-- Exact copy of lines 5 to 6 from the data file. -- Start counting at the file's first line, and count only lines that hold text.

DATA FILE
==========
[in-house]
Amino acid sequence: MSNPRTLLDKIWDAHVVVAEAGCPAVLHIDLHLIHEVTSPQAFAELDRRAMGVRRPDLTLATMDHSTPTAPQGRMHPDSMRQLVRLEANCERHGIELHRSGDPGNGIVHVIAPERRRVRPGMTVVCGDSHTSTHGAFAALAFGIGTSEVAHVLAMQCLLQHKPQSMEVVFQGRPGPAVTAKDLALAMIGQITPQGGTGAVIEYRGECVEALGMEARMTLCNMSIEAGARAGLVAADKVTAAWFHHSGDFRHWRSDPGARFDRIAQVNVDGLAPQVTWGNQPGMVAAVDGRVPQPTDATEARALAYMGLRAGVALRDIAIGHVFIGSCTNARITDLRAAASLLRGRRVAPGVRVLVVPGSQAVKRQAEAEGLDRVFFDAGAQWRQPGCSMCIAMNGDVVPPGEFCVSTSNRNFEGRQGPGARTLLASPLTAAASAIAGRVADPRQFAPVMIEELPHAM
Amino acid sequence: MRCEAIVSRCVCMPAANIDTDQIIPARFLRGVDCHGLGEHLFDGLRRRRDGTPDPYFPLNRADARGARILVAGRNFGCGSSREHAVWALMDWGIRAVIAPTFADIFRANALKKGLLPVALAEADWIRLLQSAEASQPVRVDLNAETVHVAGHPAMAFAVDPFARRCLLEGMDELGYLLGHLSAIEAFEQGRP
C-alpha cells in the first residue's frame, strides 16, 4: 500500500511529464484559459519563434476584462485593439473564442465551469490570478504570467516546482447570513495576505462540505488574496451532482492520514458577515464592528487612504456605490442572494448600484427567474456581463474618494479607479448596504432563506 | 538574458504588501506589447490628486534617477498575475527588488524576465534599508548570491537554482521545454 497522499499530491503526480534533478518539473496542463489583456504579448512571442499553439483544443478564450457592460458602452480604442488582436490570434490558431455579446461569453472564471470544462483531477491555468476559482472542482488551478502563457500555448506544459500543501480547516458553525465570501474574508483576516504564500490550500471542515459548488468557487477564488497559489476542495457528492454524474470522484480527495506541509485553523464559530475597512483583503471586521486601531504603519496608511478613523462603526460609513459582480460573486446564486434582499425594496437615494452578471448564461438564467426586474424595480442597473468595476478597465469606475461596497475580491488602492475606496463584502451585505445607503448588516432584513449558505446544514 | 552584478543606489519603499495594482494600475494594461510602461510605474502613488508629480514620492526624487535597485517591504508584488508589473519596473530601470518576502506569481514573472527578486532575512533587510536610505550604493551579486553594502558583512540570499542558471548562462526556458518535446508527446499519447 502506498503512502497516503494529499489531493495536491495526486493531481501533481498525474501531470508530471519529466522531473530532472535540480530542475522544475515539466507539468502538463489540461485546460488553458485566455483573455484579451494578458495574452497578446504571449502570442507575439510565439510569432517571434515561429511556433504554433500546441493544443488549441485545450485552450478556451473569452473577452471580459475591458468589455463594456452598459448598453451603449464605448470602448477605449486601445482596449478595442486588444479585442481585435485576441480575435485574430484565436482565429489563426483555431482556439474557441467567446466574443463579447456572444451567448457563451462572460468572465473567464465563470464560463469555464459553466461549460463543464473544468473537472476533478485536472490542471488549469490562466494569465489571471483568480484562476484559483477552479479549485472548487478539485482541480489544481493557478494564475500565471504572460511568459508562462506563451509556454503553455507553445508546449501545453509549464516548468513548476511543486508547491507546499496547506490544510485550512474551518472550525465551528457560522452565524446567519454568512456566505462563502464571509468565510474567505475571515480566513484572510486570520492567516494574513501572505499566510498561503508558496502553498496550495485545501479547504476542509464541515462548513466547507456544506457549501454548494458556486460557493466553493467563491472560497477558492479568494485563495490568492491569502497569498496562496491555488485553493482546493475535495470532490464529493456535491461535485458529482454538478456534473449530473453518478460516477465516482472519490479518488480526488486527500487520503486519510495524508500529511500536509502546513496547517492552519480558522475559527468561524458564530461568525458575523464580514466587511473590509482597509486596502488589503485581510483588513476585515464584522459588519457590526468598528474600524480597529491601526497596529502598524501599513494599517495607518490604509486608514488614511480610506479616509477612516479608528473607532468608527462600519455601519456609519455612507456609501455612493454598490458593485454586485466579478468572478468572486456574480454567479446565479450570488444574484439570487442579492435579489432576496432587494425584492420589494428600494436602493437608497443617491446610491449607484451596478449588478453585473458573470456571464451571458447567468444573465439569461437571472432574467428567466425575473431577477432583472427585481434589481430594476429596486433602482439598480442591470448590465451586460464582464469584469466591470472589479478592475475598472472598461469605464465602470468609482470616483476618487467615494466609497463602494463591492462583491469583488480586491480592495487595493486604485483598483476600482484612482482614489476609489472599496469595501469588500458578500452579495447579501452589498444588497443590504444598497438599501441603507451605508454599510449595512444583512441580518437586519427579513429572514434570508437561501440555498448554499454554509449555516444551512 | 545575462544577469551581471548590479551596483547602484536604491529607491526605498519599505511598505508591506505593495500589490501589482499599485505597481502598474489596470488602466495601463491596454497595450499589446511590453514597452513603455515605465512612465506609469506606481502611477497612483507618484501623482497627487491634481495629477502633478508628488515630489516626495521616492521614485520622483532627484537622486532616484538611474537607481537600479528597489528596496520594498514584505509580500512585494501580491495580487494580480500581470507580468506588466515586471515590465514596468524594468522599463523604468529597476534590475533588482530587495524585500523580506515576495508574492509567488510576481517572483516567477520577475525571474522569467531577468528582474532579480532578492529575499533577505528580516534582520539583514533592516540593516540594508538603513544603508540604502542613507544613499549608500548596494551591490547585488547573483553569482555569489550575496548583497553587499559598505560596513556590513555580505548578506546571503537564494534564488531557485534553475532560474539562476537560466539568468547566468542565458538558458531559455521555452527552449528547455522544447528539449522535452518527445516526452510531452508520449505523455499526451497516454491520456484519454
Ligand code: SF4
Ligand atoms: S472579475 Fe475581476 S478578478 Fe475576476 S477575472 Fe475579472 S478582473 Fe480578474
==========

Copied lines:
Ligand code: SF4
Ligand atoms: S472579475 Fe475581476 S478578478 Fe475576476 S477575472 Fe475579472 S478582473 Fe480578474